Action Research

You may have heard the term ‘action research’ used in your staff rooms, team meetings or on Workplace. This blog entry aims to explain precisely what is meant by this and to hopefully inspire you to get involved!

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What is action research?

Teachers are problem solvers. We reflect upon our sessions throughout their delivery and then afterwards so as to ensure that we meet the diverse needs of our learners. Indeed:

Every learning environment is a gold mine of useful data. Each day a learner attends a course, they may be engaged or distracted, interact productively with peers or experience difficulties in social situations, complete assignments proficiently or poorly, and express enthusiasm or disinterest for the material being covered. As educators, we notice these small bites of data, but how often do we systematically collect this data in order to assess our own methods?

Action research refers to the process of doing just that – setting a focused research question that could allow us to understand our learners and our own teaching even better, to diagnose problems, to solve problems or maybe to trial a new methodology in our classrooms.

Why do it?

  • Reflective practice (in line with the ETF standards)
  • Problem Diagnosing
  • Problem Solving
  • Trying out something new
  • CPD – personal and professional development
  • Challenge

How does it work?

Select a topic or question. Some examples of projects currently underway at the college are:

  • Does altering the physical appearance of a learning environment positively enhance the motivation levels of sports students’ within a General Further Education College?
  • An investigation to review the Digital Fluency Levels of Teachers within a General Further Education College.
  • An investigation to reflect on the changing motivations, aspirations and confidence levels of sport students throughout an academic year.

Gather baseline data and approval –  a simple Survey Monkey will allow you to gather information from your learners before commencing the study. Be sure to get permission forms signed by all participants (templates available).

Set the timeframe –  6 weeks or 1 half-term is a perfect target timeframe for an action research process, although this can of course be extended or reduced according to the demands of your project.

Collect the information – this can be done through a range of typical techniques such as surveys, observation, learner interviews and SWIVL technology.

Analyse the data – in comparison with the baseline and your expectations for the project. Excel can help you produce some graphs, charts and tables.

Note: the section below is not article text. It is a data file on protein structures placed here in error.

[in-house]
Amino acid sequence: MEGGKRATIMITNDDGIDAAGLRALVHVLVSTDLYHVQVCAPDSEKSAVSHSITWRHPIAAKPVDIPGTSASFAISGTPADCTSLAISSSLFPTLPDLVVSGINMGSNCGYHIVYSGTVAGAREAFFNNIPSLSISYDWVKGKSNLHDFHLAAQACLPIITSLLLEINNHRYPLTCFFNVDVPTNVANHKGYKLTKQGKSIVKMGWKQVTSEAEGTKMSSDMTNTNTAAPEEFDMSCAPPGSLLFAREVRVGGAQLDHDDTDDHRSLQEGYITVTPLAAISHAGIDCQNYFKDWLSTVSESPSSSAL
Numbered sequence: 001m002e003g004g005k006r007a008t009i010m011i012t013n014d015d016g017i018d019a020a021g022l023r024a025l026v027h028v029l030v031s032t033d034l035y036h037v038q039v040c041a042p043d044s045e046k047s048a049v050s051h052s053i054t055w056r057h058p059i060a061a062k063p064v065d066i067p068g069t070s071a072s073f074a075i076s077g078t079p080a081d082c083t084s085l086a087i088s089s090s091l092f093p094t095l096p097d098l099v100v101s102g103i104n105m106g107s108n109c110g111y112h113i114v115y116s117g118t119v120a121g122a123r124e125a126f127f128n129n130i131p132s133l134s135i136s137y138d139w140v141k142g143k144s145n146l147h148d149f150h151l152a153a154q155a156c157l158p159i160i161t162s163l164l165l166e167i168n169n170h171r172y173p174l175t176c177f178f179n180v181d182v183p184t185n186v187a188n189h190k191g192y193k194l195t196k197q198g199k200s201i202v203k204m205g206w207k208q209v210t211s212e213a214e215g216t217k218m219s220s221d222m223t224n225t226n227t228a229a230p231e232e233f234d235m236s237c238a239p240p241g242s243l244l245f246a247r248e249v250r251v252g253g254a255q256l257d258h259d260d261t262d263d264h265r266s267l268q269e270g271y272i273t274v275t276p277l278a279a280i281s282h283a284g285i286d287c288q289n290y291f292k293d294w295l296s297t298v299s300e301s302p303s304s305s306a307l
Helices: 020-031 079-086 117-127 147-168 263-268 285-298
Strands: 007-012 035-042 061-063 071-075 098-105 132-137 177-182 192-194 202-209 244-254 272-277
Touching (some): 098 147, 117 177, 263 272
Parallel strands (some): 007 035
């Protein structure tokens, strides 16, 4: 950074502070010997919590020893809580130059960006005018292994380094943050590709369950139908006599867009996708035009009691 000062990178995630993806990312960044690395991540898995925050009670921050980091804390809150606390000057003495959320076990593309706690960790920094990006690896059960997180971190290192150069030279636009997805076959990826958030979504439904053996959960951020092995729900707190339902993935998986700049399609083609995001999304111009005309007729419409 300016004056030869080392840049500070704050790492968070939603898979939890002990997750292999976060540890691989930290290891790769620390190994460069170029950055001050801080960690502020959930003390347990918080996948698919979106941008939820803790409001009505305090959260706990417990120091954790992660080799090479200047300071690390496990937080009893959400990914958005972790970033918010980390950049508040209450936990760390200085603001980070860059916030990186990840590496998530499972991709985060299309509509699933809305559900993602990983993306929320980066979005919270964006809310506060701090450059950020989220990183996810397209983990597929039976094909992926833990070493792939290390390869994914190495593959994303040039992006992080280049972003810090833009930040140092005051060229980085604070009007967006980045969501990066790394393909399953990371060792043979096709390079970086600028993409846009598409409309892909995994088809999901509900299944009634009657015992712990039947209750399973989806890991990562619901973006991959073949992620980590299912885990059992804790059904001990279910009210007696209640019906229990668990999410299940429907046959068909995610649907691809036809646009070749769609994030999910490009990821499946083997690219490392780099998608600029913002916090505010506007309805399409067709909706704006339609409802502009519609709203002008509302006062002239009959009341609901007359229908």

Write up findings – this does not need to be as laborious as it may first seem! A common method of presentation is the academic poster, some examples of which are below:

Take action! – the critical final stage of any action research process. Use the findings to inform your future practice, share the results with your learners and colleagues and ensure that maximum impact can be felt in your classroom and beyond. The results may even inform your next proposal!

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What extra work does it involve?

Time is of course a highly precious commodity but the demands on time for action research are not as high as you might think. Choosing a topic that could have maximum impact on the learning experience and you might also enjoy doing will also add to the positive experience of an action research project. The key processes to work through would be: write a proposal, design a survey or data collection method, collect the data and write-up your findings.

You should allow one full term for this process and don’t forget you set your own deadlines!

What happens with the results?

Action research reports are due to be collated for inclusion in a college publication, will form the basis of our first ever annual Teach Meet in June 2017 and will also contribute to the discussion at future LAT meetings across the organisation. They may also inspire you to kick on and write your first book or academic article!

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How do I get involved?

Contact us via the comments section below or on Workplace or email Dave Horsfield on dhorsfield@lincolncollege.ac.uk

As ever, we look forward to hearing from you!

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